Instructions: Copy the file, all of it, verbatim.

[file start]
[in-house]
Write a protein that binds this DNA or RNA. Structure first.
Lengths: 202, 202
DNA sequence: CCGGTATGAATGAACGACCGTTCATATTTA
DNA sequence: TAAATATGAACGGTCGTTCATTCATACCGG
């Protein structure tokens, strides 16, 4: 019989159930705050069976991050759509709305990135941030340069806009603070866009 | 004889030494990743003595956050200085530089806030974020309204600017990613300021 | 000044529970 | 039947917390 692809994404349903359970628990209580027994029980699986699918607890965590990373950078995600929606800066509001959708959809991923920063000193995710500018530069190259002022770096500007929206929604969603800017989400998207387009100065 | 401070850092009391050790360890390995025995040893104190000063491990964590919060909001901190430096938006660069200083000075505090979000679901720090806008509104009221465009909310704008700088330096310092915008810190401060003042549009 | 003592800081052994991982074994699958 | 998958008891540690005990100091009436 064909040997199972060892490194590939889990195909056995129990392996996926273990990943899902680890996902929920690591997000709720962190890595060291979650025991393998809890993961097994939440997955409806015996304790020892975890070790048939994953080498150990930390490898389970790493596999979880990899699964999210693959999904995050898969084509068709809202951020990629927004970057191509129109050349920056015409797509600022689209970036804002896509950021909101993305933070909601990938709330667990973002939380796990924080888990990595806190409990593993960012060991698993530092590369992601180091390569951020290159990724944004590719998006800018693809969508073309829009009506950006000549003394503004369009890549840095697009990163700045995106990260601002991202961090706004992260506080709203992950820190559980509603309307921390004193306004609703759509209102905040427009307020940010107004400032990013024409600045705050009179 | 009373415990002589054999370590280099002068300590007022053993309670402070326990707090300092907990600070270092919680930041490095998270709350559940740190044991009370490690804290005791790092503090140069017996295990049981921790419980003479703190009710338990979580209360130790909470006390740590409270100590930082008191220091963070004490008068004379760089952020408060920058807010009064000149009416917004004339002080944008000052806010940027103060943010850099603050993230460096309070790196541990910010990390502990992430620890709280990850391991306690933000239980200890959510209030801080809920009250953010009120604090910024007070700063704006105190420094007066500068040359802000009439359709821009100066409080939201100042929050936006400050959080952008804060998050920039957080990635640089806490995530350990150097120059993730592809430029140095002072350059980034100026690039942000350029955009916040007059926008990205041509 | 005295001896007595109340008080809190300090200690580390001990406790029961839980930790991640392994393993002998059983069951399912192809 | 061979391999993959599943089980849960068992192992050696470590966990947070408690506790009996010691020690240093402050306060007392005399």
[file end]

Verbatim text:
[in-house]
Write a protein that binds this DNA or RNA. Structure first.
Lengths: 202, 202
DNA sequence: CCGGTATGAATGAACGACCGTTCATATTTA
DNA sequence: TAAATATGAACGGTCGTTCATTCATACCGG
């Protein structure tokens, strides 16, 4: 019989159930705050069976991050759509709305990135941030340069806009603070866009 | 004889030494990743003595956050200085530089806030974020309204600017990613300021 | 000044529970 | 039947917390 692809994404349903359970628990209580027994029980699986699918607890965590990373950078995600929606800066509001959708959809991923920063000193995710500018530069190259002022770096500007929206929604969603800017989400998207387009100065 | 401070850092009391050790360890390995025995040893104190000063491990964590919060909001901190430096938006660069200083000075505090979000679901720090806008509104009221465009909310704008700088330096310092915008810190401060003042549009 | 003592800081052994991982074994699958 | 998958008891540690005990100091009436 064909040997199972060892490194590939889990195909056995129990392996996926273990990943899902680890996902929920690591997000709720962190890595060291979650025991393998809890993961097994939440997955409806015996304790020892975890070790048939994953080498150990930390490898389970790493596999979880990899699964999210693959999904995050898969084509068709809202951020990629927004970057191509129109050349920056015409797509600022689209970036804002896509950021909101993305933070909601990938709330667990973002939380796990924080888990990595806190409990593993960012060991698993530092590369992601180091390569951020290159990724944004590719998006800018693809969508073309829009009506950006000549003394503004369009890549840095697009990163700045995106990260601002991202961090706004992260506080709203992950820190559980509603309307921390004193306004609703759509209102905040427009307020940010107004400032990013024409600045705050009179 | 009373415990002589054999370590280099002068300590007022053993309670402070326990707090300092907990600070270092919680930041490095998270709350559940740190044991009370490690804290005791790092503090140069017996295990049981921790419980003479703190009710338990979580209360130790909470006390740590409270100590930082008191220091963070004490008068004379760089952020408060920058807010009064000149009416917004004339002080944008000052806010940027103060943010850099603050993230460096309070790196541990910010990390502990992430620890709280990850391991306690933000239980200890959510209030801080809920009250953010009120604090910024007070700063704006105190420094007066500068040359802000009439359709821009100066409080939201100042929050936006400050959080952008804060998050920039957080990635640089806490995530350990150097120059993730592809430029140095002072350059980034100026690039942000350029955009916040007059926008990205041509 | 005295001896007595109340008080809190300090200690580390001990406790029961839980930790991640392994393993002998059983069951399912192809 | 061979391999993959599943089980849960068992192992050696470590966990947070408690506790009996010691020690240093402050306060007392005399």